- #1

Sandra Conor

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$\frac{1}{a_0^2}\int_\Sigma\frac{dy'dz'}{\bigg(y'^2+z'^2+\tfrac{1}{(2a_0)^2}\bigg)^2}$

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In summary: Sigma\frac{dy'+dz'}{(y')^{2}+(z')^{2}+1}$$What I wrote is the next logical step after what you did. However, the final answer depends on the shape of $\Sigma$.What is known about $\Sigma$?Can we assume that it is a disk with some fixed radius?Or is it something else?In summary, according to Dan, the integral can be solved in either spacetime or in polar coordinates. The final answer depends on the shape of $\Sigma$.

- #1

Sandra Conor

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- 0

$\frac{1}{a_0^2}\int_\Sigma\frac{dy'dz'}{\bigg(y'^2+z'^2+\tfrac{1}{(2a_0)^2}\bigg)^2}$

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- #2

I like Serena

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Symbian said:

$\frac{1}{a_0^2}\int_\Sigma\frac{dy'dz'}{\bigg(y'^2+z'^2+\tfrac{1}{(2a_0)^2}\bigg)^2}$

Hello Symbian and welcome to MHB! ;)

Switch to polar coordinates:

$$\frac{1}{a_0^2}\int_\Sigma\frac{dy'dz'}{\bigg(y'^2+z'^2+\tfrac{1}{(2a_0)^2}\bigg)^2} =

\frac{1}{a_0^2}\int_\Sigma\frac{rd\phi dr}{\bigg(r^2+\tfrac{1}{(2a_0)^2}\bigg)^2}$$

On a disk with radius $R$ this becomes:

$$\frac{1}{a_0^2}\int_\Sigma\frac{rd\phi dr}{\bigg(r^2+\tfrac{1}{(2a_0)^2}\bigg)^2} =

\frac{1}{a_0^2}\int_0^{2\pi}d\phi \int_0^R \frac{r dr}{\bigg(r^2+\tfrac{1}{(2a_0)^2}\bigg)^2} =

\frac{1}{a_0^2}\cdot 2\pi\cdot \left[-\frac{1}{2\bigg(r^2+\tfrac{1}{(2a_0)^2}\bigg)}\right]_0^R

$$

- #3

Sandra Conor

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I would like to seek your view. Initially, I want to evaluate this integral in spacetime?

$$\int_{\Sigma} \frac{dydz}{[a_{o}(y^{2}+z^{2})+2f_{o}y+2g_{o}z+c_{o}]^{2}}$$ where $$a_{o}c_{o}-f_{o}^{2}-g_{0}^{2}=\frac{1}{4}.$$

My way is to define $y':=y+\frac{f_0}{a_0},\,z':=z+\frac{g_0}{a_0}$. Then the quadratic becomes $$a_0(y'^2+z'^2)+c_0-\frac{f_0^2+g_0^2}{a_0}=a_0\bigg(y'^2+z'^2+\tfrac{1}{(2a_0)^2}\bigg).$$So now I will need to evaluate$$\frac{1}{a_0^2}\int_\Sigma\frac{dy'dz'}{\bigg(y'^2+z'^2+\tfrac{1}{(2a_0)^2}\bigg)^2}\cdot$$

Your way is easier with the substitution with the $r^{2}$. Do you think I am correct to say the final answer is as you wrote?

- #4

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However, the final answer depends on the shape of $\Sigma$.

What is known about $\Sigma$?

Can we assume that it is a disk with some fixed radius?

Or is it something else?

- #5

Sandra Conor

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Oops. Yes, I forgot to define that. $\Sigma$ is a spacelike 2-surface in spacetime.Klaas van Aarsen said:

However, the final answer depends on the shape of $\Sigma$.

What is known about $\Sigma$?

Can we assume that it is a disk with some fixed radius?

Or is it something else?

- #6

Sandra Conor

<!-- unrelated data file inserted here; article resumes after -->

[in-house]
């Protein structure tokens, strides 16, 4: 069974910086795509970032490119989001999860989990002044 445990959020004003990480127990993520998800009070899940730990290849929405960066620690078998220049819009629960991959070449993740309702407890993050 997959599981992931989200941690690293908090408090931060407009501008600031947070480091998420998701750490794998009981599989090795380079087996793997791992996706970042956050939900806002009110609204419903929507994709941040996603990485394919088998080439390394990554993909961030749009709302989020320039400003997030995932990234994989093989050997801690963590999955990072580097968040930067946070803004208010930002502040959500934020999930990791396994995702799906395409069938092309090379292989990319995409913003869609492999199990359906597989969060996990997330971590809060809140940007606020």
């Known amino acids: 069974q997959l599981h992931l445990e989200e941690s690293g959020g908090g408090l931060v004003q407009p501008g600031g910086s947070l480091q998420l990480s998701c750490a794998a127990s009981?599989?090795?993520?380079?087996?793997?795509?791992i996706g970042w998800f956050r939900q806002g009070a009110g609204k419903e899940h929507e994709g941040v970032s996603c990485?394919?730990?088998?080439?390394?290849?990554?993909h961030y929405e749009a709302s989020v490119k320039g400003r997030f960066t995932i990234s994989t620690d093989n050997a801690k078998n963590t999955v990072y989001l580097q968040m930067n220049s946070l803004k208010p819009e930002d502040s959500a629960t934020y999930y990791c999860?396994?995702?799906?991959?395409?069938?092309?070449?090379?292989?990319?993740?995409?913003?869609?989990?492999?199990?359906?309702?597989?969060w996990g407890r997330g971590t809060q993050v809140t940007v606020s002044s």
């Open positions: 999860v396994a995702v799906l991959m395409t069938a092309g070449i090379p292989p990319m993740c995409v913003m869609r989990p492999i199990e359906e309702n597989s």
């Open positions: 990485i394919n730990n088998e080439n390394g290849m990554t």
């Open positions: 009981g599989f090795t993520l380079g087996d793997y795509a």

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- #7

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-Dan

- #8

Sandra Conor

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Hello Dan. Thank you for your reply. In this spacetime, I would like to find the area of a portion of the spacetime. Hence the integral. The sigma to be precise can also refer to the boundary of the chosen portion of spacetime. Currently, I am trying another way to solve this and that is by completing the square method. Not sure will be a success or not. Calculus sure is my weak spot. How I hope mathematica, maple can do it.topsquark said:

-Dan

- #9

Sandra Conor

- 9

- 0

$$\int \frac{dy'+dz'}{((y')^{2}+(z')^{2}+1)^{2}}$$

I would like to intergrate this leaving the answer in equation form. Any ideas how I can do that?

An integral of a portion of spacetime is a mathematical concept used in the study of general relativity. It represents the total amount of energy, matter, or other physical quantities within a specific region of spacetime.

The integral of a portion of spacetime is calculated by integrating the relevant physical quantity over the region of spacetime in consideration. This can be done using mathematical tools such as the Riemann sum or the Lebesgue integral.

The integral of a portion of spacetime plays a crucial role in understanding the distribution of energy and matter in the universe. It is also used in the study of gravitational fields and the curvature of spacetime.

Yes, the integral of a portion of spacetime can be negative. This indicates that there is a deficit of the physical quantity being measured within the region of spacetime. For example, a negative integral of energy density would suggest a deficit of energy within the given region.

The integral of a portion of spacetime is directly related to the curvature of spacetime. In general relativity, the energy and matter distribution within a region of spacetime determine the curvature of that region. Therefore, by calculating the integral of a portion of spacetime, we can gain insights into the curvature of that region.

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